In difficult times we often find ourselves falling back on a single, dominant emotion, even if another might be “more logical”. For example, your default emotion may be fear, which you will feel during stressful times, although a more appropriate emotional response might be anger, sadness, or frustration.
That is your dominant emotional style, said Alice Boyes, Ph.D., Author of the book “The Healthy Mind Toolkit, “in one new article she wrote for Psychology Today. In times of stress, a “dominant emotion” is the emotion we are exposed to by default and is often related to how we interpret and respond to situations. To return to the fear example, your reaction may be due to a tendency to blame yourself for situations; If your dominant emotion is anger, it may be due to the assumption that others are trying to hurt you.
Why it is important to be able to feel a range of emotions
We stick to our dominant emotion because we know that and are most familiar with each other. However, being able to experience a range of emotions is important as this is often the key to a healthier and happier life.
One way to think about emotions is to look at all of the different emotions as beings Part of a balanced ecosystem. There are many different components within an ecosystem, all of which are important for a healthy system. However, when this balance is disturbed and an emotion becomes strongly dominant, the overall health of the system becomes unbalanced.
As studies show, people who experience a wide range of emotions tend to better mental and physical health, which includes lower rates of depression. One possible reason is that a mixture of emotions, even if they are negative, can help prevent a single emotion from getting completely out of hand.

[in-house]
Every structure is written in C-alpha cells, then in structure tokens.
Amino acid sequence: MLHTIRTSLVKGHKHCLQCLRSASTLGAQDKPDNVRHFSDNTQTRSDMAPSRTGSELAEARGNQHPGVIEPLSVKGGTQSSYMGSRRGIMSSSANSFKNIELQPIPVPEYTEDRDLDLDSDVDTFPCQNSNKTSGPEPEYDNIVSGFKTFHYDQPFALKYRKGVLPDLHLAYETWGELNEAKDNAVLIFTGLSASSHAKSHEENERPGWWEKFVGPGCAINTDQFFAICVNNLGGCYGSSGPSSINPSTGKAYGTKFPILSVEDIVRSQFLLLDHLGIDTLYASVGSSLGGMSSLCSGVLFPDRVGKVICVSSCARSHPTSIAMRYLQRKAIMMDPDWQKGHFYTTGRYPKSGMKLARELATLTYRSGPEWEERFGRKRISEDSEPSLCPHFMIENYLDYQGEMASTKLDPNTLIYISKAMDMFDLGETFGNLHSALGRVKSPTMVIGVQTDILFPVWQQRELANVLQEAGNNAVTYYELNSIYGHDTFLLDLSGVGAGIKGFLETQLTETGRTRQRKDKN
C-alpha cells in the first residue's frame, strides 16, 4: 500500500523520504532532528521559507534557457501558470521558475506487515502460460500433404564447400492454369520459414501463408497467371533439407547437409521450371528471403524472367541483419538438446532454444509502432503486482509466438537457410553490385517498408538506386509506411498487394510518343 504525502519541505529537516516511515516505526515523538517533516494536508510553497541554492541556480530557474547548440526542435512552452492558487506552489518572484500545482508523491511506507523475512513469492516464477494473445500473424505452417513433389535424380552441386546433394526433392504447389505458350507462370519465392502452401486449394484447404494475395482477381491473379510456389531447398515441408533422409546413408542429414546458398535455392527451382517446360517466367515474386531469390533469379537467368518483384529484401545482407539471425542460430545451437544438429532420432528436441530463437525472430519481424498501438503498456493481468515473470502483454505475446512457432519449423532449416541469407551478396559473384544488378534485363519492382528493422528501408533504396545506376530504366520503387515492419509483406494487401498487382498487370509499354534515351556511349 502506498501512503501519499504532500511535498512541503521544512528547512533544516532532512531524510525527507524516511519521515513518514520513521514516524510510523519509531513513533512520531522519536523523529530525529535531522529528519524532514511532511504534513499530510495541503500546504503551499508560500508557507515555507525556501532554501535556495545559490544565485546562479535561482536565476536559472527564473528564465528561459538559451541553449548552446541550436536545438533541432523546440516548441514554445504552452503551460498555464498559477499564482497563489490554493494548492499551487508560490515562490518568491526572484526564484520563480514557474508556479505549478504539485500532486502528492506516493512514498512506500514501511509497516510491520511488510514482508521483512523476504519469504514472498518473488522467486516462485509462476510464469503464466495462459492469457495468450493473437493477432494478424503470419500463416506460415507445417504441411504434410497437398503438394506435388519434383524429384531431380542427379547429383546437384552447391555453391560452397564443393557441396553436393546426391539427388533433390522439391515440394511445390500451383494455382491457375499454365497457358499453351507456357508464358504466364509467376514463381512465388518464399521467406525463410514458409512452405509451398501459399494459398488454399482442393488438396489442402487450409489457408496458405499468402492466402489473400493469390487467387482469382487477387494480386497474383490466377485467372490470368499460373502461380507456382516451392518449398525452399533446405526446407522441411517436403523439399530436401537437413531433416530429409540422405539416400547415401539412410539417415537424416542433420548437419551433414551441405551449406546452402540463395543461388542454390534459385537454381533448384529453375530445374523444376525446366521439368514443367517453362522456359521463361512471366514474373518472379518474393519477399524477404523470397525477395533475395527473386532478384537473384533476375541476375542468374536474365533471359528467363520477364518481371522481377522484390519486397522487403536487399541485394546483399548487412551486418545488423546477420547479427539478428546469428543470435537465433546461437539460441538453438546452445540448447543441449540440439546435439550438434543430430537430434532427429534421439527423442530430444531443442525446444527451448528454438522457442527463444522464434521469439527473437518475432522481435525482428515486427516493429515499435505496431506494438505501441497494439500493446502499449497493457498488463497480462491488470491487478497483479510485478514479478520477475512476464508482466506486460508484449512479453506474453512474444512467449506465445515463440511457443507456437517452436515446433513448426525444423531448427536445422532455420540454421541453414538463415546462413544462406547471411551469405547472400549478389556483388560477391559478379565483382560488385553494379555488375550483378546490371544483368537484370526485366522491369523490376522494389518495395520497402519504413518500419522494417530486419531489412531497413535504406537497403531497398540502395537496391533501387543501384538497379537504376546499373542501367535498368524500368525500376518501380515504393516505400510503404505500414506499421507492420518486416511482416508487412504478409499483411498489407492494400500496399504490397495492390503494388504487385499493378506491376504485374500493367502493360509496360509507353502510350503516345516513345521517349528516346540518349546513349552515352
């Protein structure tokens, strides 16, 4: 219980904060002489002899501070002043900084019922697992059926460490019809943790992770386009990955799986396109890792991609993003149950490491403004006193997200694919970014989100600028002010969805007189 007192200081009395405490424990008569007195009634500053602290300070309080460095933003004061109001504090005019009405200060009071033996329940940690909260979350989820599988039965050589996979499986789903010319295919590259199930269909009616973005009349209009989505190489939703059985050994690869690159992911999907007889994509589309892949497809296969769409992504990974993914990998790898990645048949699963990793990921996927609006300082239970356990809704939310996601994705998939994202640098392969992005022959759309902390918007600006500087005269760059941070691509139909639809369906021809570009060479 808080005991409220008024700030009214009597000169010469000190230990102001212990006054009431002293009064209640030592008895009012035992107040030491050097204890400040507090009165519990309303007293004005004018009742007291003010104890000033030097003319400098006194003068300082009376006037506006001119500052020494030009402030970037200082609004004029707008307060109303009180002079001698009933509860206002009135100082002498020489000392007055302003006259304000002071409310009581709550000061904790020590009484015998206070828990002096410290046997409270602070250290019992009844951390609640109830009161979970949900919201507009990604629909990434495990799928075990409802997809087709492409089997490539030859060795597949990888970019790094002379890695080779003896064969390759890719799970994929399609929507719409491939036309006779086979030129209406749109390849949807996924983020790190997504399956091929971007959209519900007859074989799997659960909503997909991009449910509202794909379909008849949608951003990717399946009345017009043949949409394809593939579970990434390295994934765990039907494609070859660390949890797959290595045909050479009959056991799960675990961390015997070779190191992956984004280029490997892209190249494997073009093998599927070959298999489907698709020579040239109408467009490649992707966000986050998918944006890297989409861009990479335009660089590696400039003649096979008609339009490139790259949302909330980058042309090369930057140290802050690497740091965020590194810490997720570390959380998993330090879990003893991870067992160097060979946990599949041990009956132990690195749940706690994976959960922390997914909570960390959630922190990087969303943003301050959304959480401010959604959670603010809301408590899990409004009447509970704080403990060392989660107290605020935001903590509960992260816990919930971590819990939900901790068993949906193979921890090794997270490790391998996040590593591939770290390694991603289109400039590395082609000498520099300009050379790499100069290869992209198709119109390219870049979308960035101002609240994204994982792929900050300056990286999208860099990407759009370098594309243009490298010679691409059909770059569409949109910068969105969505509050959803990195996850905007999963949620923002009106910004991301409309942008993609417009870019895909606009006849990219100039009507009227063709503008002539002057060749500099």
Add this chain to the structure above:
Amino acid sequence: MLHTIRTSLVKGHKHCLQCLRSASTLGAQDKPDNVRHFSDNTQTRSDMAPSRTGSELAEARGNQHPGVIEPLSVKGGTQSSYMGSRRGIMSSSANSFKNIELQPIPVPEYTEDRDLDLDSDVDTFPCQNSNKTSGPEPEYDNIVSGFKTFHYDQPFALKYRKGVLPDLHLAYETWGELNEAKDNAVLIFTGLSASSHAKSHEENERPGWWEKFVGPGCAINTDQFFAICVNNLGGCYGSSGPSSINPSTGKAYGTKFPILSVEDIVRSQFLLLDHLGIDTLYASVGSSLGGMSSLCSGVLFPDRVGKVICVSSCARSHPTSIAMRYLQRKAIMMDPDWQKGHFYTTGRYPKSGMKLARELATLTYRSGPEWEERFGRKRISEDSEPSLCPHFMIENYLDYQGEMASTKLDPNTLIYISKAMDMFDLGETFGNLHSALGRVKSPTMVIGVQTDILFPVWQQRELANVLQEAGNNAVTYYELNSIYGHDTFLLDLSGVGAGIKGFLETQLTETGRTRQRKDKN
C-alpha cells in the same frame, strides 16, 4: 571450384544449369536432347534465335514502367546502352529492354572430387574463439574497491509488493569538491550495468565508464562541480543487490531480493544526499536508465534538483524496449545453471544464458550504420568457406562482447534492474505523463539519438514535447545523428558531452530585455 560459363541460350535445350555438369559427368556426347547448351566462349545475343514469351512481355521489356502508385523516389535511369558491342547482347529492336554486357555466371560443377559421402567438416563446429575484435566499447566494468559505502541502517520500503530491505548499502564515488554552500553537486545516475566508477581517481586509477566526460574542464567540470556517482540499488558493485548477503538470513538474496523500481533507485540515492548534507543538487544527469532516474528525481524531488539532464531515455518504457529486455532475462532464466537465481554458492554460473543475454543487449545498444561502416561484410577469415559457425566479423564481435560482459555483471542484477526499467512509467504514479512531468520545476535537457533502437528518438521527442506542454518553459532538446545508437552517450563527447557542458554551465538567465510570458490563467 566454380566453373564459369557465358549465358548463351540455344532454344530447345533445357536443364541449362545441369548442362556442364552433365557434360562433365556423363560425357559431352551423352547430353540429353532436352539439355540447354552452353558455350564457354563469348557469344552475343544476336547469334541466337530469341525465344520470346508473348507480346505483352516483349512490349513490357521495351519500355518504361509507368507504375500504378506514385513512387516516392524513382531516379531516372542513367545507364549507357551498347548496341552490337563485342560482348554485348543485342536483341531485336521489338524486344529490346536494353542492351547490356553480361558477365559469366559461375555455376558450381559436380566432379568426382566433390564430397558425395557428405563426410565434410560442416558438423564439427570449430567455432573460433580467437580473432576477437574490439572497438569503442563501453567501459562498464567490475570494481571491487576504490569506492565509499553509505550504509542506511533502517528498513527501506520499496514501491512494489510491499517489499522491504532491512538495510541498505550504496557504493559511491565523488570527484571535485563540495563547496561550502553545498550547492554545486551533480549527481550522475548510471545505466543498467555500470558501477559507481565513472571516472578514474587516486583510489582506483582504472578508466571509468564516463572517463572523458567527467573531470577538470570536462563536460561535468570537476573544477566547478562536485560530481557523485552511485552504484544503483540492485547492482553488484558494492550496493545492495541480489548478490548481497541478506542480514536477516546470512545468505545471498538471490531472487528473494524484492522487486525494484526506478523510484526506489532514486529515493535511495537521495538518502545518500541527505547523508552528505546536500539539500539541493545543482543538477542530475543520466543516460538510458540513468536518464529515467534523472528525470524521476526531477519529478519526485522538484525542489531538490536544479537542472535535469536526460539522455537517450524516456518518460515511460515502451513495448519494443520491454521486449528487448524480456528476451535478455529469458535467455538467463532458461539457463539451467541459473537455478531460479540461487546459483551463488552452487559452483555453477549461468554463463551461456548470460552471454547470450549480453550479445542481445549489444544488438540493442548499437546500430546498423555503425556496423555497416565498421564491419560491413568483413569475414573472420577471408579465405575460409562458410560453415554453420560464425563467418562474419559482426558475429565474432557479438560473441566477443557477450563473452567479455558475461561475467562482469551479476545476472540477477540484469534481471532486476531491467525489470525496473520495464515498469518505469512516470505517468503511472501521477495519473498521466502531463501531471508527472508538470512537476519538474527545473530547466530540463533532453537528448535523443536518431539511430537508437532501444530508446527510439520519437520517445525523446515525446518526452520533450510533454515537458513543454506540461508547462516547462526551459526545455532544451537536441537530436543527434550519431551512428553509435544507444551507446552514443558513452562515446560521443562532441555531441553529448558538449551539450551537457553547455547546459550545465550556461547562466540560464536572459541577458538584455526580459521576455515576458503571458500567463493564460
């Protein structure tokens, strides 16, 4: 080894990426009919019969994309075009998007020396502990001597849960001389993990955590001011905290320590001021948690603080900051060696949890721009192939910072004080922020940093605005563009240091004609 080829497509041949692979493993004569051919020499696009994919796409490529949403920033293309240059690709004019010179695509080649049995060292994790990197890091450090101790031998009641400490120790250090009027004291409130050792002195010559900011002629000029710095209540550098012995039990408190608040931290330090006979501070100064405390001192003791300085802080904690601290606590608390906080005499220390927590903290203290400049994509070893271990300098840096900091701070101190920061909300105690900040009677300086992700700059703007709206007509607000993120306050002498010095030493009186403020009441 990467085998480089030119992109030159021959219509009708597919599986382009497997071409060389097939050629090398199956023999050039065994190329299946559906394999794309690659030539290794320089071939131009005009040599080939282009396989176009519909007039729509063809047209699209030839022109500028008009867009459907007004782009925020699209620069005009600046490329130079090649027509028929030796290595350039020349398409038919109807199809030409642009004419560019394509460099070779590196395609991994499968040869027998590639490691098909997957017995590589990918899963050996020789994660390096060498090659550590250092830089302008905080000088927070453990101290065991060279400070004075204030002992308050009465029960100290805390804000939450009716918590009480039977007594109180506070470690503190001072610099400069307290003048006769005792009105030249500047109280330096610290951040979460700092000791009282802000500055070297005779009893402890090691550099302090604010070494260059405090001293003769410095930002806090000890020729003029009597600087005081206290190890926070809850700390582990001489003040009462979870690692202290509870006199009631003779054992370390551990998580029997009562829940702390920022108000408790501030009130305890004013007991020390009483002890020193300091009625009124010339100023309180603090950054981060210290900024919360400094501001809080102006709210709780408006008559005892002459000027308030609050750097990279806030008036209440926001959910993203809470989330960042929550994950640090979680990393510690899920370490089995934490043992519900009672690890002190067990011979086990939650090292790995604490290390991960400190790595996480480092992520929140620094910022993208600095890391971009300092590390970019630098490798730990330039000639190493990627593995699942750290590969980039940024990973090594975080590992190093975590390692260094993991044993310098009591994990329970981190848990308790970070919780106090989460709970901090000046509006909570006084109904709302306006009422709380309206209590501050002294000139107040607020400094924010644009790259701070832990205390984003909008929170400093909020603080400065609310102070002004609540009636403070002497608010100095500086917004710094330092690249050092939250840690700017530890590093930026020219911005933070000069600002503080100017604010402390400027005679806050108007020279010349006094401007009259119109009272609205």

Two ways to reduce your dominant emotion
Feeling too much of an emotion is exhausting and can burn you out. According to Boyes, there are two ways that can help you withdraw from your dominant emotions.
The first way is to think through other possible interpretations of the situation. As Boyes notes, her dominant emotion is fear, for which she usually blames herself. However, as she slows down and assesses the situation and tries to think through other reasons for what happened, her other emotions can surface.
The second option is to focus on the calmer feelings that have been drowned out by your dominant emotion. “When I tune in to my smaller emotions, they come to the surface more.” Boyes wrote. These other feelings can help you find different solutions to your problem while also helping you have a more balanced perspective.
As Boyes points out, these strategies for reducing your dominant emotions can have many positive benefits. This includes feeling relieved, increasing your creativity, finding new ways to solve problems, and motivating you to try alternative approaches that you might not otherwise think of.
As Boyes noted, when it comes to feeling these other emotions, “It’s okay if feeling your nondominant emotions unsettles you and maybe leaves you a little at sea. You can feel insecure and still benefit. ”